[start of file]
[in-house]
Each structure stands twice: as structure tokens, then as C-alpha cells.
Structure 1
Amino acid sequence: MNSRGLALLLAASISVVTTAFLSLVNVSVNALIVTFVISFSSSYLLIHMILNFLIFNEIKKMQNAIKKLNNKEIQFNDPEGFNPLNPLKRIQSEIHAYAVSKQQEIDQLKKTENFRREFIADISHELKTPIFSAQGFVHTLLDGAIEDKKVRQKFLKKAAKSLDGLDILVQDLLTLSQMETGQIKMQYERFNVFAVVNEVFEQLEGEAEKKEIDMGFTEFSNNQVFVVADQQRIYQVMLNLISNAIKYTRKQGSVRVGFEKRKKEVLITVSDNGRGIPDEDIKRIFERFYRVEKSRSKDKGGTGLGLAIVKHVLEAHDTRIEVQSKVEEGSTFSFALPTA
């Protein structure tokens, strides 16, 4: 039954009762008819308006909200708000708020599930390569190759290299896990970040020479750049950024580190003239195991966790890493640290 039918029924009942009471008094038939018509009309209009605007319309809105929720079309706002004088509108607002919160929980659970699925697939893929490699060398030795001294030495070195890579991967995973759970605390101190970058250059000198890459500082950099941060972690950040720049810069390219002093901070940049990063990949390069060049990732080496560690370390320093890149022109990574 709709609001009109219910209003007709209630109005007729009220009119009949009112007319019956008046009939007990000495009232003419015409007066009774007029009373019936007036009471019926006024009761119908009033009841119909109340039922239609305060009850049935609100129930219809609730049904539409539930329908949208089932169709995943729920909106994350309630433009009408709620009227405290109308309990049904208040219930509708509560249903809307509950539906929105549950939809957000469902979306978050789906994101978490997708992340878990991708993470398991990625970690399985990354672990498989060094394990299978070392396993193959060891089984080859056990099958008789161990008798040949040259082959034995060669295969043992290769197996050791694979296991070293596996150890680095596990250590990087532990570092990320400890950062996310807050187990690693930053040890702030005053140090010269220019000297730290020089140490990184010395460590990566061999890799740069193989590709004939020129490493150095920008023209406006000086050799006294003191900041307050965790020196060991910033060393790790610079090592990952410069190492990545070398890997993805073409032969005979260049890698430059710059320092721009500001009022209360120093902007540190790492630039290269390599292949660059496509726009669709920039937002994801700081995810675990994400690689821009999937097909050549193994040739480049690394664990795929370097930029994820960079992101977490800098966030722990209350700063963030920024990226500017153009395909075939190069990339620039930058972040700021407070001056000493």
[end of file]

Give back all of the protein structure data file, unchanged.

[in-house]
Each structure stands twice: as structure tokens, then as C-alpha cells.
Structure 1
Amino acid sequence: MNSRGLALLLAASISVVTTAFLSLVNVSVNALIVTFVISFSSSYLLIHMILNFLIFNEIKKMQNAIKKLNNKEIQFNDPEGFNPLNPLKRIQSEIHAYAVSKQQEIDQLKKTENFRREFIADISHELKTPIFSAQGFVHTLLDGAIEDKKVRQKFLKKAAKSLDGLDILVQDLLTLSQMETGQIKMQYERFNVFAVVNEVFEQLEGEAEKKEIDMGFTEFSNNQVFVVADQQRIYQVMLNLISNAIKYTRKQGSVRVGFEKRKKEVLITVSDNGRGIPDEDIKRIFERFYRVEKSRSKDKGGTGLGLAIVKHVLEAHDTRIEVQSKVEEGSTFSFALPTA
């Protein structure tokens, strides 16, 4: 039954009762008819308006909200708000708020599930390569190759290299896990970040020479750049950024580190003239195991966790890493640290 039918029924009942009471008094038939018509009309209009605007319309809105929720079309706002004088509108607002919160929980659970699925697939893929490699060398030795001294030495070195890579991967995973759970605390101190970058250059000198890459500082950099941060972690950040720049810069390219002093901070940049990063990949390069060049990732080496560690370390320093890149022109990574 709709609001009109219910209003007709209630109005007729009220009119009949009112007319019956008046009939007990000495009232003419015409007066009774007029009373019936007036009471019926006024009761119908009033009841119909109340039922239609305060009850049935609100129930219809609730049904539409539930329908949208089932169709995943729920909106994350309630433009009408709620009227405290109308309990049904208040219930509708509560249903809307509950539906929105549950939809957000469902979306978050789906994101978490997708992340878990991708993470398991990625970690399985990354672990498989060094394990299978070392396993193959060891089984080859056990099958008789161990008798040949040259082959034995060669295969043992290769197996050791694979296991070293596996150890680095596990250590990087532990570092990320400890950062996310807050187990690693930053040890702030005053140090010269220019000297730290020089140490990184010395460590990566061999890799740069193989590709004939020129490493150095920008023209406006000086050799006294003191900041307050965790020196060991910033060393790790610079090592990952410069190492990545070398890997993805073409032969005979260049890698430059710059320092721009500001009022209360120093902007540190790492630039290269390599292949660059496509726009669709920039937002994801700081995810675990994400690689821009999937097909050549193994040739480049690394664990795929370097930029994820960079992101977490800098966030722990209350700063963030920024990226500017153009395909075939190069990339620039930058972040700021407070001056000493």